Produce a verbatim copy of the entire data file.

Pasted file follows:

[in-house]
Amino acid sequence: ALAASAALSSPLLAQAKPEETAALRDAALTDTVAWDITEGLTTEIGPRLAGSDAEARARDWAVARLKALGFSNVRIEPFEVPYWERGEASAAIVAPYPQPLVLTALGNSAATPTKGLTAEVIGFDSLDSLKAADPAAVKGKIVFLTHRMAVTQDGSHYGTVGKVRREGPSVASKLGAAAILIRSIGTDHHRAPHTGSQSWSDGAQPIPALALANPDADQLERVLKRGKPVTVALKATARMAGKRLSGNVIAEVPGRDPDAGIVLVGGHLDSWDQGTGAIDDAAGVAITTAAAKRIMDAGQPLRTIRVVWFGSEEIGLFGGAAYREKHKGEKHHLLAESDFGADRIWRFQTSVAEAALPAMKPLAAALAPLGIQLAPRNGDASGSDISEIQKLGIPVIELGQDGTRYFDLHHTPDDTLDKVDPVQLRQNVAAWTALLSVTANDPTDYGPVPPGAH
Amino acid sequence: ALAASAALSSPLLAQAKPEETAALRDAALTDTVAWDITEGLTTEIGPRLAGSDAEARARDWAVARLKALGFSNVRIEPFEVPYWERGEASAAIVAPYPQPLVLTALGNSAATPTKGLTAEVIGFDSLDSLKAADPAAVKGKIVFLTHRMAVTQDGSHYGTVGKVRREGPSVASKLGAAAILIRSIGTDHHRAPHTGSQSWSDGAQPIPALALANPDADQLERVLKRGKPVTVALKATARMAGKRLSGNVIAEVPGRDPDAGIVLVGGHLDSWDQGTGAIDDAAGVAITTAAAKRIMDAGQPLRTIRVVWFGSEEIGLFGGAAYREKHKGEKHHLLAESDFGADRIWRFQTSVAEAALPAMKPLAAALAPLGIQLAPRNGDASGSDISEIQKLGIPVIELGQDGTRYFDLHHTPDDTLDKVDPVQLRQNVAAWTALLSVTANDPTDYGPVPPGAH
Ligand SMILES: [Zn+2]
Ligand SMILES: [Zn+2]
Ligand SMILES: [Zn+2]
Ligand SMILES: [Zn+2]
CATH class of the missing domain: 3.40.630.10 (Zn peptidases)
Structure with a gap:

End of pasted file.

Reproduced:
[in-house]
Amino acid sequence: ALAASAALSSPLLAQAKPEETAALRDAALTDTVAWDITEGLTTEIGPRLAGSDAEARARDWAVARLKALGFSNVRIEPFEVPYWERGEASAAIVAPYPQPLVLTALGNSAATPTKGLTAEVIGFDSLDSLKAADPAAVKGKIVFLTHRMAVTQDGSHYGTVGKVRREGPSVASKLGAAAILIRSIGTDHHRAPHTGSQSWSDGAQPIPALALANPDADQLERVLKRGKPVTVALKATARMAGKRLSGNVIAEVPGRDPDAGIVLVGGHLDSWDQGTGAIDDAAGVAITTAAAKRIMDAGQPLRTIRVVWFGSEEIGLFGGAAYREKHKGEKHHLLAESDFGADRIWRFQTSVAEAALPAMKPLAAALAPLGIQLAPRNGDASGSDISEIQKLGIPVIELGQDGTRYFDLHHTPDDTLDKVDPVQLRQNVAAWTALLSVTANDPTDYGPVPPGAH
Amino acid sequence: ALAASAALSSPLLAQAKPEETAALRDAALTDTVAWDITEGLTTEIGPRLAGSDAEARARDWAVARLKALGFSNVRIEPFEVPYWERGEASAAIVAPYPQPLVLTALGNSAATPTKGLTAEVIGFDSLDSLKAADPAAVKGKIVFLTHRMAVTQDGSHYGTVGKVRREGPSVASKLGAAAILIRSIGTDHHRAPHTGSQSWSDGAQPIPALALANPDADQLERVLKRGKPVTVALKATARMAGKRLSGNVIAEVPGRDPDAGIVLVGGHLDSWDQGTGAIDDAAGVAITTAAAKRIMDAGQPLRTIRVVWFGSEEIGLFGGAAYREKHKGEKHHLLAESDFGADRIWRFQTSVAEAALPAMKPLAAALAPLGIQLAPRNGDASGSDISEIQKLGIPVIELGQDGTRYFDLHHTPDDTLDKVDPVQLRQNVAAWTALLSVTANDPTDYGPVPPGAH
Ligand SMILES: [Zn+2]
Ligand SMILES: [Zn+2]
Ligand SMILES: [Zn+2]
Ligand SMILES: [Zn+2]
CATH class of the missing domain: 3.40.630.10 (Zn peptidases)
Structure with a gap: